MINNEAPOLIS, MN – A modest, yet energetic crowd attended last Monday’s groundbreaking ceremony for the Exit Breath Museum, situated on the east side of the city. It is the first of its kind in the country, capping off a sometimes fraught multi-year planning and zoning process that many in the area have been following with interest.
The museum, a commission by the local chapter of the Adamic Society in partnership with the Library of The Institute of Magical Historicity, will house an eccentric collection of the Exit Breaths, or final exhalations, of notable figures in U.S. history.
Exit Breath capture is not a common practice these days, but did enjoy a certain popularity in the last half of the 19th century. It is thought to be one of the more obscure enthusiasms of Spiritualist devotees in that period.
The details are simple: an experienced member of the Spiritualist circle would preside over the final moments of an ailing person, holding above their face a blessed and prepared receptacle – initially glass canning jars – in order to secure the final breaths of the deceased.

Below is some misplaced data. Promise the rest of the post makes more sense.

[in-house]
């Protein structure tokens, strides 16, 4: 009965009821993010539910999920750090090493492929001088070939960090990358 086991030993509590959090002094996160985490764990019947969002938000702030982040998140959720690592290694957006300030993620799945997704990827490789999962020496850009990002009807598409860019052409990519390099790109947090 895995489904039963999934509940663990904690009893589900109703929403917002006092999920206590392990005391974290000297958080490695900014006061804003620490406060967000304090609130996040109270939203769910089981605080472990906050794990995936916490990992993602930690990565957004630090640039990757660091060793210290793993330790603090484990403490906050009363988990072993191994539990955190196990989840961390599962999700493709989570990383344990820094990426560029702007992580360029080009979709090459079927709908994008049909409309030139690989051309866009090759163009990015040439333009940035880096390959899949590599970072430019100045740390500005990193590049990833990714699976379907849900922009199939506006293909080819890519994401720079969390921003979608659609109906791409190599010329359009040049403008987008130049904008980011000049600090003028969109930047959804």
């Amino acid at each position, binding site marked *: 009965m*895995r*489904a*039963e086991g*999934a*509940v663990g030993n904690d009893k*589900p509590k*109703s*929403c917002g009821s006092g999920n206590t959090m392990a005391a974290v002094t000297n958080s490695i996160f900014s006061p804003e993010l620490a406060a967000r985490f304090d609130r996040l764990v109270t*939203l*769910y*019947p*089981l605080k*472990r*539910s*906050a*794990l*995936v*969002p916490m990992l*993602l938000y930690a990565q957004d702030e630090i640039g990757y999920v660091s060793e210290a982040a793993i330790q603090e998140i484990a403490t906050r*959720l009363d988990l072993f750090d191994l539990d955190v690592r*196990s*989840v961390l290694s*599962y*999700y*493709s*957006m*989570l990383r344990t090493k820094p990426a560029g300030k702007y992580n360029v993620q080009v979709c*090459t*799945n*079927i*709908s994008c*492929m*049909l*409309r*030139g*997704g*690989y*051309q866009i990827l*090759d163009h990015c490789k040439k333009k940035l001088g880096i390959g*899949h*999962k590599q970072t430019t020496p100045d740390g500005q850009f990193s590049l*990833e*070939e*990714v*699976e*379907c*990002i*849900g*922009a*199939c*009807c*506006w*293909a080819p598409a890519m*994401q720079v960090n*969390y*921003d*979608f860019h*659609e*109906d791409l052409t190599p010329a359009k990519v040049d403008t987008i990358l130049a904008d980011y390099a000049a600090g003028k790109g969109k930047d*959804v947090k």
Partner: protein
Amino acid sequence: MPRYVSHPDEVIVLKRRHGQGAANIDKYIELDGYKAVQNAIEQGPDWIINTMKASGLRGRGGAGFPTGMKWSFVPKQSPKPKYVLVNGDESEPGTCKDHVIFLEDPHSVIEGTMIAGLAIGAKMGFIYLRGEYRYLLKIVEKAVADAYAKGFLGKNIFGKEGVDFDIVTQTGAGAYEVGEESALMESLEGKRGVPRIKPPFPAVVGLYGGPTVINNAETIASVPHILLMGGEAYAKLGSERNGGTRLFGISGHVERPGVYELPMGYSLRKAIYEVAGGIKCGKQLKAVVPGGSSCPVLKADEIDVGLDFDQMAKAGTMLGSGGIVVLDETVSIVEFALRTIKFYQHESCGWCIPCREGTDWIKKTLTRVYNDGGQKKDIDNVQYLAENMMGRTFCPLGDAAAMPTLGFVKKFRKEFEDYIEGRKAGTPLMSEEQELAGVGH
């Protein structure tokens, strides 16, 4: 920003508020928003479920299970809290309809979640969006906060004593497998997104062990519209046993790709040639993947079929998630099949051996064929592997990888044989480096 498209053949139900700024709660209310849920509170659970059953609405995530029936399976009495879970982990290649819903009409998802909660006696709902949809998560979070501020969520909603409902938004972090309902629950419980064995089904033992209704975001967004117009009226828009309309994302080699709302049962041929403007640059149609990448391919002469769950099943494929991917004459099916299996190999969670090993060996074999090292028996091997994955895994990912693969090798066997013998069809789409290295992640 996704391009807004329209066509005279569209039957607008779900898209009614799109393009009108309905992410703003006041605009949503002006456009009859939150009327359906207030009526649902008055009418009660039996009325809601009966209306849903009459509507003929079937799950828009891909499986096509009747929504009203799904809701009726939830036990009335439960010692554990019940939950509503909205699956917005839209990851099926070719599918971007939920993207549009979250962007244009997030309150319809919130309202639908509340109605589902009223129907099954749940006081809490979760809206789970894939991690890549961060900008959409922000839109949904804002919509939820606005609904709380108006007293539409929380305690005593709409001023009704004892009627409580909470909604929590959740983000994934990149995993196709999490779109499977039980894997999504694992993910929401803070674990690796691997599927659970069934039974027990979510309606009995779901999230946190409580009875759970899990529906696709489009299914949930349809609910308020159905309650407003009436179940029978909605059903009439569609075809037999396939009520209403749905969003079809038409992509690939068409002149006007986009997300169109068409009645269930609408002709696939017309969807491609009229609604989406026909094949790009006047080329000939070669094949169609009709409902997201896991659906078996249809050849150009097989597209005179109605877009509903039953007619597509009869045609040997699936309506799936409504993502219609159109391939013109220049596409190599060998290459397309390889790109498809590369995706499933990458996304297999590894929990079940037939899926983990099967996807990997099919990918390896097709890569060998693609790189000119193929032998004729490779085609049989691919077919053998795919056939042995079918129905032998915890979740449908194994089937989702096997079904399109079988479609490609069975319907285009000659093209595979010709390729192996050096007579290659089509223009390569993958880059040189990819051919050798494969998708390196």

The import of this ritual wasn’t to trap the soul, which Spiritualists of this flavor believe to leave the body on its final breath, but to capture a small amount of its
ectoplasmic residue. The preserved traces of the deceased would then be installed in the home of a survivor. Over the years various rituals were developed to use this lingering connection to the departed for seances and medium gatherings.
Aside from their uses as religious artifacts, the receptacles themselves have taken on an interest by crafts and design historians. The once humble, utilitarian glass container evolved into an artisanal specialty among glass blowers, some of the established masters of the form being historically based right in this community. “I come from a long line of Pneuma Glass men”, says Arlo Gustafsen, using the traditional name of the cup. “There’s not much call for them these days, but there are still collectors and hobbyists that care about this stuff enough to keep me in it. I do Uber on the side, you know?”
The facility is expected to be open to the public July 2021.